The second standard considers the environmental system as divided into:

  1. Eco-centric compartments (air, water, soil, plants, fauna);
  2. Anthropogenic compartments (hygrothermal conditions, radioactivity, electromagnetic fields, etc.).

The points of view standard contemplate that the target of the actions is the environment or the human being. In other words, the goal of the evaluation is the environmental comfort assessed through an anthropocentric or an ecocentric point of view.

The fourth standard recognizes the impacts relating to the transformation of the natural environment. The targets used are: global and local. The local target is divided in:

  1. Indoor;
  2. Outdoor (the territorial context is that one close to the building).

The global scale is also divided into levels:

  1. Regional scale;
  2. Global scale.

The HQE method defines the interferences between the building and the environment through the detection of the impacts on the environmental compartments during the whole building’s life span: worksite; construction and utilization phase.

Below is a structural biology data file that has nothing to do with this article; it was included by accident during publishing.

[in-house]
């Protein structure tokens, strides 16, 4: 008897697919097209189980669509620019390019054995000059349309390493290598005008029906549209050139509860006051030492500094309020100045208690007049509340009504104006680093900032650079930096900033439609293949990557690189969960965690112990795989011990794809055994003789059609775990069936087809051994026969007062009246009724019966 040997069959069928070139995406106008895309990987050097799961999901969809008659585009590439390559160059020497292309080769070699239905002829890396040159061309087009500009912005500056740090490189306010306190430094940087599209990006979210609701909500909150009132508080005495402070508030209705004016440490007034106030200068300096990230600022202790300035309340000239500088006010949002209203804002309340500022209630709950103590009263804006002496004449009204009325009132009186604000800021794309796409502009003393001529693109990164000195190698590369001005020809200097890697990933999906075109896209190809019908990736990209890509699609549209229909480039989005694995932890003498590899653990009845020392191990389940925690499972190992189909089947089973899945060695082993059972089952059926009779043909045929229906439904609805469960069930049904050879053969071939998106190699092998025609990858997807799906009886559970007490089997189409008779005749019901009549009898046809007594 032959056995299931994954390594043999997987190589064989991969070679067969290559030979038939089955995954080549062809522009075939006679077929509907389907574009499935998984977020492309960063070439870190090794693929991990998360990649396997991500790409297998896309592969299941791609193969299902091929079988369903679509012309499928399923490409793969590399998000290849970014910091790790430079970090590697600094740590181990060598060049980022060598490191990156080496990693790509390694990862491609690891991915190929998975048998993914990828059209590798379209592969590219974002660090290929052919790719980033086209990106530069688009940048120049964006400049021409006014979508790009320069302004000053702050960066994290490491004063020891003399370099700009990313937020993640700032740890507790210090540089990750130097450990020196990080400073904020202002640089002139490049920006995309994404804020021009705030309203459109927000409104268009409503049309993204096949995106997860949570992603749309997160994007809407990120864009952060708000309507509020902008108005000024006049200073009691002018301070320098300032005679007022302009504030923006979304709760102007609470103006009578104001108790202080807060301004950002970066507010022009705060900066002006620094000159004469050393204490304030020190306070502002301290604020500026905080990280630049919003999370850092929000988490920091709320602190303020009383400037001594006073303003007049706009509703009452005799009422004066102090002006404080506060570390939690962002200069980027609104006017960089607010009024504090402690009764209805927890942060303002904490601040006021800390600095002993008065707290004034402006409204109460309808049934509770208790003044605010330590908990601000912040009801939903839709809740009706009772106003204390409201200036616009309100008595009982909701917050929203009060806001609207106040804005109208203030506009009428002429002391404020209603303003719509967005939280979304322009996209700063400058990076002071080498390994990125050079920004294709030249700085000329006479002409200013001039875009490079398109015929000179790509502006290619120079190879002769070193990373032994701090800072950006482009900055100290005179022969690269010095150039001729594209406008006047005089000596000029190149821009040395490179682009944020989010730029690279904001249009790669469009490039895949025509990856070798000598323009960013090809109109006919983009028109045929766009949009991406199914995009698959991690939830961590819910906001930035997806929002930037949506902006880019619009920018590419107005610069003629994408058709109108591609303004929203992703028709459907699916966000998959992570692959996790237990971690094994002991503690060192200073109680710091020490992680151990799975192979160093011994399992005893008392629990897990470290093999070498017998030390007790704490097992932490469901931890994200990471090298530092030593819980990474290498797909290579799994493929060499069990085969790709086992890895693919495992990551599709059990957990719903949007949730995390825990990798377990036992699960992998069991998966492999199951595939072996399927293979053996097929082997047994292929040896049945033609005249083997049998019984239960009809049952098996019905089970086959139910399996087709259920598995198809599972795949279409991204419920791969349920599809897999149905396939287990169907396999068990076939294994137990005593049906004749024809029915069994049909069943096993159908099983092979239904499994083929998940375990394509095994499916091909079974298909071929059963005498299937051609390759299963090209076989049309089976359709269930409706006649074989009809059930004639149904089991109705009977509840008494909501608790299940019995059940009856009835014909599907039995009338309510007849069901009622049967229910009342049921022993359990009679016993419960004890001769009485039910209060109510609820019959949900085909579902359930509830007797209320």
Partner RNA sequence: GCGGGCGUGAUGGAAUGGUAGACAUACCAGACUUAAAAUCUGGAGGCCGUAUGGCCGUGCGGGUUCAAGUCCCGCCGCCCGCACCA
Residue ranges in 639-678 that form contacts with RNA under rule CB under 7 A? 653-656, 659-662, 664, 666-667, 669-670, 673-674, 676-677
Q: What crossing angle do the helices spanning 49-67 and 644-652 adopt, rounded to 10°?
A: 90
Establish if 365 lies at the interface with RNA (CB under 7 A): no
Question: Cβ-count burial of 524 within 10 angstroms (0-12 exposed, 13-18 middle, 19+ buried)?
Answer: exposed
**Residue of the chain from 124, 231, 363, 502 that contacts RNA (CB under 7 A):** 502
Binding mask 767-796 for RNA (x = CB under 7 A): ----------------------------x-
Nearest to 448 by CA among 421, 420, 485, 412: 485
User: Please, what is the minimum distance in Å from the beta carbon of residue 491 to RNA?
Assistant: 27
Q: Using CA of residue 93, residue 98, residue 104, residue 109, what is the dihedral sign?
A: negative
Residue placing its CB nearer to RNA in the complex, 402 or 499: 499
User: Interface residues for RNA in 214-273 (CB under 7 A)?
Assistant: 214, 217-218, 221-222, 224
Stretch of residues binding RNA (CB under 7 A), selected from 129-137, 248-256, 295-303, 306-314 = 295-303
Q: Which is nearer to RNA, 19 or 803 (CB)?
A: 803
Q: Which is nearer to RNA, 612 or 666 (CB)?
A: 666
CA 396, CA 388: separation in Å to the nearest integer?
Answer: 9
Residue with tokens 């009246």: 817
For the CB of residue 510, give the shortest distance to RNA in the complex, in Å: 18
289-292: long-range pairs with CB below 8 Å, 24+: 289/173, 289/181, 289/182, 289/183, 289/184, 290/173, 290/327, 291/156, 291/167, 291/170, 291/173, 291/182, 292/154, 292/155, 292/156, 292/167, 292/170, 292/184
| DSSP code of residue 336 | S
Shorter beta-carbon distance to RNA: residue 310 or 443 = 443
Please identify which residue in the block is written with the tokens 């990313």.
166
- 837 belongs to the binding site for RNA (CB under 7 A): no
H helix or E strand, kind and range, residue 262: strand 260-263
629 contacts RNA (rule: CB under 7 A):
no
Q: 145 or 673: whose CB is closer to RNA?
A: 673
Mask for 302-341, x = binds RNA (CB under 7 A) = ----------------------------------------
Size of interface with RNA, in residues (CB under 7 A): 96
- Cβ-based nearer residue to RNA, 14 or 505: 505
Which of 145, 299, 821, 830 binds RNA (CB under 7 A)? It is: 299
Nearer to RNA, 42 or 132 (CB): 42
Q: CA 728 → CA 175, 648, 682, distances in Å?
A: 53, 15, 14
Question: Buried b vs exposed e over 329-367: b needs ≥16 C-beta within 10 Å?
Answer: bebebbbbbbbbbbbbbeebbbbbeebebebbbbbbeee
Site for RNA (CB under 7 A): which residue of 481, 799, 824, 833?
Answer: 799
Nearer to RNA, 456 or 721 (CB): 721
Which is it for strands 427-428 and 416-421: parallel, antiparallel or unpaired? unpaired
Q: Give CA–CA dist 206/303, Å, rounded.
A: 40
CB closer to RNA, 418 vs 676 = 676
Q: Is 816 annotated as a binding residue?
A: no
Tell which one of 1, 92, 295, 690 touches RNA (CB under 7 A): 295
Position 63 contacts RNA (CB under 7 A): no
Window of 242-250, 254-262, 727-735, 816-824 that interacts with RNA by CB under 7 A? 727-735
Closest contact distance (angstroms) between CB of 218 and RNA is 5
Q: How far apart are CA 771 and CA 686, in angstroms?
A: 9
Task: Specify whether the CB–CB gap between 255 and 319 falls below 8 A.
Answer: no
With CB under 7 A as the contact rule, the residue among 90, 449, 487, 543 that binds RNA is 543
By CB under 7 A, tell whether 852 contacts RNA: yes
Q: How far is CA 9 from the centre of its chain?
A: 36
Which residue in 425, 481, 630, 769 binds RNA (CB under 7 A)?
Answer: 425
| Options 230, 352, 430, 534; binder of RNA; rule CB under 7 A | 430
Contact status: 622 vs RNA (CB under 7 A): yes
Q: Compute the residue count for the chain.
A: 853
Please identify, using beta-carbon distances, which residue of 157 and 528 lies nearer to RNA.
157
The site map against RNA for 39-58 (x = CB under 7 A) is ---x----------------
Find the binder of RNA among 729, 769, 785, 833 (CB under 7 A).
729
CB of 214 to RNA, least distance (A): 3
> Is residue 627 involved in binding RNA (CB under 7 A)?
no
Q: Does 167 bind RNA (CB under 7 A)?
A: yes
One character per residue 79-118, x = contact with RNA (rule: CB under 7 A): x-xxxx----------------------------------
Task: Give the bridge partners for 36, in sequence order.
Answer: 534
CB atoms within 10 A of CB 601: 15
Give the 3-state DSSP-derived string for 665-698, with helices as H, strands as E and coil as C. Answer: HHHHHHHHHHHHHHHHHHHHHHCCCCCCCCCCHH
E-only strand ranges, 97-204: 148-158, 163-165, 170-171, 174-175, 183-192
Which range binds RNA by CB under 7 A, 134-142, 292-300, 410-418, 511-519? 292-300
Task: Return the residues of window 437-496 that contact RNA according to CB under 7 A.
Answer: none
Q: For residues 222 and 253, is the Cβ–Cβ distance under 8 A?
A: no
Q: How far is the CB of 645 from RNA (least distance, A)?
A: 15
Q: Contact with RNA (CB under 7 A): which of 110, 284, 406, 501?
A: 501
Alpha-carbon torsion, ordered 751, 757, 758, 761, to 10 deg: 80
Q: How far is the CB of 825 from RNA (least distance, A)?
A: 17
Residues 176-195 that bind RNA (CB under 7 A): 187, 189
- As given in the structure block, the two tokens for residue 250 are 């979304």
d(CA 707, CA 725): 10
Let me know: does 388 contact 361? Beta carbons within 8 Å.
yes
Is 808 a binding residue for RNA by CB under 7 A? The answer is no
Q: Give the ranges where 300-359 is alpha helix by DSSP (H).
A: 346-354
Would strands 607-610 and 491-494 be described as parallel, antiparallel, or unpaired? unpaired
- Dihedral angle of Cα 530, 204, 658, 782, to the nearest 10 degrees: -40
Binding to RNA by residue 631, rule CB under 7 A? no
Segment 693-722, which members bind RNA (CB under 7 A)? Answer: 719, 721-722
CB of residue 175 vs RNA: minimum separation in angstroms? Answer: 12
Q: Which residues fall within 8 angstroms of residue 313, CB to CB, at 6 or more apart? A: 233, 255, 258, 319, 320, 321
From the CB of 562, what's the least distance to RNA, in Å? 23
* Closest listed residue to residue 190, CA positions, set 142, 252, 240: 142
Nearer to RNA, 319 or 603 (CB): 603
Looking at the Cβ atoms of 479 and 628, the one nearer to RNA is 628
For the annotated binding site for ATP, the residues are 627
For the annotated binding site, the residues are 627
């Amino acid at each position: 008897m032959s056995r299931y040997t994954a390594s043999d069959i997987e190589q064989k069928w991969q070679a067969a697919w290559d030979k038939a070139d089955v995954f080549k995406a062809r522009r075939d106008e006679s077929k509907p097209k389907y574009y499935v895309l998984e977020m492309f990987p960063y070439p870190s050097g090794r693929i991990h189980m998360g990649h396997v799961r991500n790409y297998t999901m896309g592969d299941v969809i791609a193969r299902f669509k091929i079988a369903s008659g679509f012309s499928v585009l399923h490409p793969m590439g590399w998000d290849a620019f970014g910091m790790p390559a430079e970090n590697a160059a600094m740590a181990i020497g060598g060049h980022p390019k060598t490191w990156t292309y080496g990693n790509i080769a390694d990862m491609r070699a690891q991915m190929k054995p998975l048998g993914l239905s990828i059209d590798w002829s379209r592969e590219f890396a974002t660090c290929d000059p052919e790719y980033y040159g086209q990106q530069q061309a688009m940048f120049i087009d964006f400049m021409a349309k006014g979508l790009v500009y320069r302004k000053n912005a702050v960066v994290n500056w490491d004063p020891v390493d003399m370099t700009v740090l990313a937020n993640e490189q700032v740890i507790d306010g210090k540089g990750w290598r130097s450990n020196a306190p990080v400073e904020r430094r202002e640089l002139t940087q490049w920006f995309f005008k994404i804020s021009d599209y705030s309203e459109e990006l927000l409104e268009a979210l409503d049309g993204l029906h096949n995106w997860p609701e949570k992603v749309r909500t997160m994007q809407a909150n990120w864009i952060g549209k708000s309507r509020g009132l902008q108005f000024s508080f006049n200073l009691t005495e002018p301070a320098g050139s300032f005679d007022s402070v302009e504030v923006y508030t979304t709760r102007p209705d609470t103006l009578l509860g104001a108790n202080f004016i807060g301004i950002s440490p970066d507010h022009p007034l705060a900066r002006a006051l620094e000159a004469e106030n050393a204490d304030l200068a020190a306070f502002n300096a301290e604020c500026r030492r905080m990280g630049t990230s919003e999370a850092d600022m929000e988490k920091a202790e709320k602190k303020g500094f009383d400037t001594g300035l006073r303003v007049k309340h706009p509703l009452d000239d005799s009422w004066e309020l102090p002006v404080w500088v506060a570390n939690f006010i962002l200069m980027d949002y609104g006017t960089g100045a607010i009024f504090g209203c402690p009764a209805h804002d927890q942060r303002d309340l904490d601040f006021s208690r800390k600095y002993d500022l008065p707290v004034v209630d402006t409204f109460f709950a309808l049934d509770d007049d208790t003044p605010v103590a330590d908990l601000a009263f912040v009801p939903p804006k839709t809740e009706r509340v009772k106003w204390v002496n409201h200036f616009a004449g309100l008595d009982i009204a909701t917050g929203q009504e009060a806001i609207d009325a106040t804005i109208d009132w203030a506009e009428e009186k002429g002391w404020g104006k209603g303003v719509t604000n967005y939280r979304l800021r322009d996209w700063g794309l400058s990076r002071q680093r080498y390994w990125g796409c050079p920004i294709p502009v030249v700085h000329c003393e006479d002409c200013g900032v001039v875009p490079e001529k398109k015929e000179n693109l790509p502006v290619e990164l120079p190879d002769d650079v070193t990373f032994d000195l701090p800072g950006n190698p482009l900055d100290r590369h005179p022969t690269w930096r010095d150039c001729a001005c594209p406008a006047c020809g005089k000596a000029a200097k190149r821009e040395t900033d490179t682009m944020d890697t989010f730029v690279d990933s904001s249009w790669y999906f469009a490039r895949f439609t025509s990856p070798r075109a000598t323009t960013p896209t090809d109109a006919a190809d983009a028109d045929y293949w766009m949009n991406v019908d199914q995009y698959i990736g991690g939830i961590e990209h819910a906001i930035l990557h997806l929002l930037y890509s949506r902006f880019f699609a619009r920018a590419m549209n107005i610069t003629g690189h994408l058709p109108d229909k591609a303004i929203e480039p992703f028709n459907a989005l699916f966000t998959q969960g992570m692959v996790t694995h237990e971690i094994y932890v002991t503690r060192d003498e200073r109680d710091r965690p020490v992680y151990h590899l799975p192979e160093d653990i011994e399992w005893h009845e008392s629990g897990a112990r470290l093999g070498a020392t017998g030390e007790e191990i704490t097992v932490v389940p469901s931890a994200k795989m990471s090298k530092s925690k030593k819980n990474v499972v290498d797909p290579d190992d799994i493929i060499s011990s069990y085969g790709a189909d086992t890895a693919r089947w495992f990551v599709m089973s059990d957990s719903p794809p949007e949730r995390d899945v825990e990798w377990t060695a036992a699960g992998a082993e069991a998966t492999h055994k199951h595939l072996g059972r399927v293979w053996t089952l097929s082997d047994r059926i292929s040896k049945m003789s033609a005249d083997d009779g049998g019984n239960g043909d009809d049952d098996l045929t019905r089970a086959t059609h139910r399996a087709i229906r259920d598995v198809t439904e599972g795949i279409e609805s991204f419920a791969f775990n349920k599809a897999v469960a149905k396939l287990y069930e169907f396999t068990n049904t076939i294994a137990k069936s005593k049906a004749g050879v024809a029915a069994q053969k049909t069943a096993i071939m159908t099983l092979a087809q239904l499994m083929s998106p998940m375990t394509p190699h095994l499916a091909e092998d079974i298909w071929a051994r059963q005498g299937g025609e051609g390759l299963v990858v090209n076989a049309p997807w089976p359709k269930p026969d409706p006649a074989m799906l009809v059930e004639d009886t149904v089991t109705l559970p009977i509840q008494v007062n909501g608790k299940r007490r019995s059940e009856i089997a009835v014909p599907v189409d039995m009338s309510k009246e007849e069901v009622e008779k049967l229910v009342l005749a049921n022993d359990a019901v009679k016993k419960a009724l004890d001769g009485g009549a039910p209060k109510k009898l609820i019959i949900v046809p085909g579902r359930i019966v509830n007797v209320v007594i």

In this evaluation also the aesthetic features and the landscape elements are considered. In 2005 a new version of the HQE method has been developed. In this version also the refurbishment of buildings has been considered and five sections have been detected:

  1. Formal definition [1];
  2. Definition of needs;
  3. Requirements;
  4. Definition of the environmental management system;
  5. Guidebook to the certification.

The HQE method is a valid tool for the evaluation of the impacts of a building elaborated through the use of different points of view. The HQE defines fourteen environmental issues divided in two macro-areas (Boonstra & Pettersen, 2003):